“Well… Almost…. I sure thought it! I — I did ask him to stop.”

Cal chuckled and kissed Brooke on the forehead. “You’re a good girl. It’s okay to stick up for yourself. Are you warm enou –”

Before he could finish, Brooke shot upright, clearly making an effort to stay awake. “Oh! Did you get a dragon hat?”

The man leaned back at her exclamation, then grinned and shook his his head. “No, I did not. I wonder, though if that’s why you insisted on me going to the meetin’ in the first place….”

Brooke blushed. “I just thought you would look really handsome wearing it…. That and… well….”

Cal gave her a sad smile as he tucked her back in. “Don’t worry about me, sweetie,” he said quietly as he gave her hand a squeeze. “When I get the hat you can wear it around the house all you like. But enough of that. A bedtime story, then sleep for you, little lady.”


The man smiled and rolled his eyes. “Oh, all right. Two bedtime stories, but no more.”

Anecdotes: Where We Go

“I can carry that stack in too, if you’d like.”

Feira looked over to the petite maid from where she hung a sheet on a line. “I would. Thank you, Mariah! These go with the first load to be pressed. The ones on the bottom are to be put in the first three guest rooms.”

The brunette nodded and accepted the stack atop the basket of clean laundry she already carried. “Sure thing. You headed out after this?”

“For a few hours. The rest of the morning chores are done.”

“Don’t read too hard!”

Feira waved after her and hefted a large sheet heavy with water up onto the next line. Laundry was always best on days like these. Warm sun and cool breeze amplified the scent of flowers from the garden and the billowing white sheets that surrounded her. Two more sheets to hang and she would trade it for a couch tucked away in a quiet corner of the library.

A gust of wind caught the next sheet she hung, and Feira grinned, her bare feet curling in the grass. The sheets turned into sails and her mind began to wander. The grass turned into wooden planks of a deck, the billowing linens turned into an armada, and a whistled tune was taken up….

Her eyes snapped open. She knew that tune. Warmth rose to her cheeks and, taking up the last sheet, she back up to an open spot on the line behind her, whistling harmony as the first whistler drew closer. She hung the wide, white cloth and the voice fell silent. Feira followed suit. Footsteps drew near and she skipped into the shadow of a sheet partially to play and hide, and partially because it was all she could think to do as her heart began to race from anticipation.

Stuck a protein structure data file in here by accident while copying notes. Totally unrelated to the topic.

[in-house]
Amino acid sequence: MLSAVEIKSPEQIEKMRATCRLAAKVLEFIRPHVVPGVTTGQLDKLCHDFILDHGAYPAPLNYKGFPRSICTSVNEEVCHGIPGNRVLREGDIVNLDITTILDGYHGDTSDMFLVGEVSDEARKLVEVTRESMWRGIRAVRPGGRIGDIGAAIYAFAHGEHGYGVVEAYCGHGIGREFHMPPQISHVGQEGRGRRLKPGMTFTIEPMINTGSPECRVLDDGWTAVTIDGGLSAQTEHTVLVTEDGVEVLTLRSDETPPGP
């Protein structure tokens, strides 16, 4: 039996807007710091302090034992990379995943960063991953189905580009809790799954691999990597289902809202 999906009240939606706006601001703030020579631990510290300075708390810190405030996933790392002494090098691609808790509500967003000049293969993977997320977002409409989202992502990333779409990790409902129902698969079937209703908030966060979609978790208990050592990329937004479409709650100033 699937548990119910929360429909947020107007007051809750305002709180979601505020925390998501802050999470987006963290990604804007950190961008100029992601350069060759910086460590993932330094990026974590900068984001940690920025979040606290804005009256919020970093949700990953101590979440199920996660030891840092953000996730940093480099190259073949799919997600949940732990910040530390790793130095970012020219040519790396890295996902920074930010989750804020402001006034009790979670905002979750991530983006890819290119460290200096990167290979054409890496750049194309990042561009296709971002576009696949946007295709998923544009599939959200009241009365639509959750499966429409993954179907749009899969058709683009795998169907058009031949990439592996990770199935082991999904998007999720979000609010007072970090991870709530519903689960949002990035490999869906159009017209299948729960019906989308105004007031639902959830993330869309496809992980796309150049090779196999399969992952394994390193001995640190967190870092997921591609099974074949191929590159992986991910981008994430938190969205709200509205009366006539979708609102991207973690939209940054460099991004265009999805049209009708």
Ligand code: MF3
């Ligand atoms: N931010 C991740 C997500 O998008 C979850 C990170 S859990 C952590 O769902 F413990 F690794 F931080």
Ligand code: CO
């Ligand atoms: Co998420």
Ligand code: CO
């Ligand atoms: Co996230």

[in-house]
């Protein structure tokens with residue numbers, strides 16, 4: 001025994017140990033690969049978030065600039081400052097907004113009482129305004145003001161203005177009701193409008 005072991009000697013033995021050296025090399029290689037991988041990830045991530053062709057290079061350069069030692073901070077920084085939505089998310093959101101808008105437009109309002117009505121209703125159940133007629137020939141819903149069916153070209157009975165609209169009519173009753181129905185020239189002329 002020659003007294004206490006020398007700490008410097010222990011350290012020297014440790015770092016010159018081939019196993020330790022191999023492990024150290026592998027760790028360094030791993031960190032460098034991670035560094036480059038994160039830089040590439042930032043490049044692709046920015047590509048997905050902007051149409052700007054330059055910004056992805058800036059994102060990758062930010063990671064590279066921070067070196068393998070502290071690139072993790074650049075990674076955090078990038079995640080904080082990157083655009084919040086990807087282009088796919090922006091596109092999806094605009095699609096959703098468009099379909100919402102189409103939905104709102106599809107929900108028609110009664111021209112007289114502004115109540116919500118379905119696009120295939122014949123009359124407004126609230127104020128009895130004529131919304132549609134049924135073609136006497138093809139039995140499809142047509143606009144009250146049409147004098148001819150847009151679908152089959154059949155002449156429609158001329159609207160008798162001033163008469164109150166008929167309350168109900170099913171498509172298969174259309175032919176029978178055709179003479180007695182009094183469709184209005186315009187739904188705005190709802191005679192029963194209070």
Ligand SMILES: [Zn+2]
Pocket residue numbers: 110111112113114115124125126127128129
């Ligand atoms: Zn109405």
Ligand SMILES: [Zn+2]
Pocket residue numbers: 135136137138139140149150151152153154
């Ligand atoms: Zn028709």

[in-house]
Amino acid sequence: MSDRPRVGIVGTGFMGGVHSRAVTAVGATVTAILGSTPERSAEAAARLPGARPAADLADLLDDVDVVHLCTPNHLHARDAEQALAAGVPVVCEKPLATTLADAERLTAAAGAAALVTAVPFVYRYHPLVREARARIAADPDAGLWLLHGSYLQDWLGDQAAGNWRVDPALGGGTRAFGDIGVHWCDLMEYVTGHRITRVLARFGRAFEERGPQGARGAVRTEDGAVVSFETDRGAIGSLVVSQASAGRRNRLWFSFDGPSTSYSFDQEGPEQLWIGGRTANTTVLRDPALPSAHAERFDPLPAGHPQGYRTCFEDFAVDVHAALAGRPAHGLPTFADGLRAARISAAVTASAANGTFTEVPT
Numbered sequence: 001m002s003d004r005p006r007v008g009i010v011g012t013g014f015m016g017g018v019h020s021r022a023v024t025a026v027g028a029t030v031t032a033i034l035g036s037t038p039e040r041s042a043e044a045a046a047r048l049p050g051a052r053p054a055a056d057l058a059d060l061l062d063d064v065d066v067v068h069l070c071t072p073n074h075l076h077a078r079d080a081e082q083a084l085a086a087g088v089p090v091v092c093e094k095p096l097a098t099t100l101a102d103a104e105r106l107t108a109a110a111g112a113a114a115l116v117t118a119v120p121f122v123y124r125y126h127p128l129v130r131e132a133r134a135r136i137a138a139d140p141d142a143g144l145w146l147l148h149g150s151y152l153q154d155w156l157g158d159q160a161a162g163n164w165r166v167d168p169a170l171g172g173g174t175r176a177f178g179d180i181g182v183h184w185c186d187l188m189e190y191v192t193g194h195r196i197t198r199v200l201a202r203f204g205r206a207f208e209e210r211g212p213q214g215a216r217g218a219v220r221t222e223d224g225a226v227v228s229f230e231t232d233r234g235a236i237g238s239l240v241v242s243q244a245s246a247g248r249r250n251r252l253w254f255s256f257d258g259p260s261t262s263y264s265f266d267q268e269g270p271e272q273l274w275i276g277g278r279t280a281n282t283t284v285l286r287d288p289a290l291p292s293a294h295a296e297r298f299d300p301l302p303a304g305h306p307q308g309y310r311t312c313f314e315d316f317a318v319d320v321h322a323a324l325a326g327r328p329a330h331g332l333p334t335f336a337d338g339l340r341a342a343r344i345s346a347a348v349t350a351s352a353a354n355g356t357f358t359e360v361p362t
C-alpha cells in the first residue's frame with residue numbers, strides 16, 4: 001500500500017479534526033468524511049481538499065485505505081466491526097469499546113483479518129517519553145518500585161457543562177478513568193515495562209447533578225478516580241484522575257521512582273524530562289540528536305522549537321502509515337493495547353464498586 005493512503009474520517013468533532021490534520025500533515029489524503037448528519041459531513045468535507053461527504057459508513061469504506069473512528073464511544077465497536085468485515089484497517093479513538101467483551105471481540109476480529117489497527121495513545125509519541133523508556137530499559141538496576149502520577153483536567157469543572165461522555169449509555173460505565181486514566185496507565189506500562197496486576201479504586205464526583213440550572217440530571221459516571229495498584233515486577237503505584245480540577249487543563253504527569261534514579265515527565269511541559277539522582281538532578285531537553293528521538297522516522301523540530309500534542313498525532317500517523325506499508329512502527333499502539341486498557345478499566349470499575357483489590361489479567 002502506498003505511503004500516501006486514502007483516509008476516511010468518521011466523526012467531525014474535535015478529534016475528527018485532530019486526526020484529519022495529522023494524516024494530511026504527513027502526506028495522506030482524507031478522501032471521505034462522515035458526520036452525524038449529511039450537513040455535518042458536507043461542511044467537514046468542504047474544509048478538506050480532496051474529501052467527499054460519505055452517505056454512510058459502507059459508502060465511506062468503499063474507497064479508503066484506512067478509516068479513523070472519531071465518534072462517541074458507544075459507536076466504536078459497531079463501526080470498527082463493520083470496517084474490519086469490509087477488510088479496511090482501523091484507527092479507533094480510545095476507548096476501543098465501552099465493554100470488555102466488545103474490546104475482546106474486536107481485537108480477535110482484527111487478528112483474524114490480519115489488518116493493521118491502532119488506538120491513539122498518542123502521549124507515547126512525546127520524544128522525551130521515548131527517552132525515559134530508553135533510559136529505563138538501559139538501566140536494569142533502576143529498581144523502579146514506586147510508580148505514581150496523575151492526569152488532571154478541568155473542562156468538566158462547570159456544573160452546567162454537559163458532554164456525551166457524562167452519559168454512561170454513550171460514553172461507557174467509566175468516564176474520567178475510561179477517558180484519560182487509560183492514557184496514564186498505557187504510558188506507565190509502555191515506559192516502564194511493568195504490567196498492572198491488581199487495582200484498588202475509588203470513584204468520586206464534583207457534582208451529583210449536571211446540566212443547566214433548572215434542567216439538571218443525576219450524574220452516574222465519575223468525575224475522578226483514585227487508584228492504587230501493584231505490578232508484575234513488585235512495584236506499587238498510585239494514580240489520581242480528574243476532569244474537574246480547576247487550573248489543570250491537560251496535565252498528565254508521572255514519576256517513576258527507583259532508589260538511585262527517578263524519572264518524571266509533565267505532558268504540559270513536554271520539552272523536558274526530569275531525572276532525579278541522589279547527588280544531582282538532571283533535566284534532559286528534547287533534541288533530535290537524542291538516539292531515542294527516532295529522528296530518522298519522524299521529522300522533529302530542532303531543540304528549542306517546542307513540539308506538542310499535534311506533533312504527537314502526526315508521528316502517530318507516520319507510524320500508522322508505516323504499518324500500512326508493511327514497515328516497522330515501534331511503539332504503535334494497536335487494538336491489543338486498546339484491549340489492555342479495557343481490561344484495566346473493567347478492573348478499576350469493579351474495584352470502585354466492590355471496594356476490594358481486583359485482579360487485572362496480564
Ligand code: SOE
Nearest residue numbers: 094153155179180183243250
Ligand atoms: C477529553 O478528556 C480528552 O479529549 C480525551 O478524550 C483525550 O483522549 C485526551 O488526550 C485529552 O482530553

The heavy footfalls stopped opposite of her sheet and a head appeared to peer at her. His sun-bleached hair longer than she remembered, Lhainan’s sea green eyes caught her and he grinned.

“Hiya, Blondie.”

  ~ ~ ~ ~ ~

She was warm. Deliciously warm. Inaris drew in a deep breath, not bothering to open her eyes, and smiled as she remembered.

How long had she lain there? Ten minutes? Thirty? Maybe an eternity… Yes, she could spend eternity like this. Life was not supposed to be like this. She wasn’t supposed to be okay with it, but she couldn’t help herself.

It hadn’t been like this before. It hadn’t been so easy. Was it supposed to be easy? Something ingrained deep inside of her told her she should slip out from under the covers and leave. That she should open her eyes and see it all as lies.

Hate was as simple as breathing. She enjoyed it, the hate and anger and control that fueled half of her work days. It had gotten her safely this far from the inland sea, and suddenly she had no need for that hate nor the indifference that came with it. Her walls were tall and cold and hard as iron… and he walked right through them.

Maybe she hated that most. That she suddenly did not have to. That everything beyond this point was an entirely different world than she’d ever thought for herself. That here in this moment she was more safe than she’d ever felt in her life. To the Pit with it all. Let them come for her now. Let them waste their time. And if they found her? Well, she wouldn’t want to be them.

Adjusting the ring on her finger she nestled close against his chest and beckoned sleep back to her. She was warm, and she was safe, and for the first time she believed it.

~ ~ ~ ~ ~

“I thought you were going to the Blue Theater.”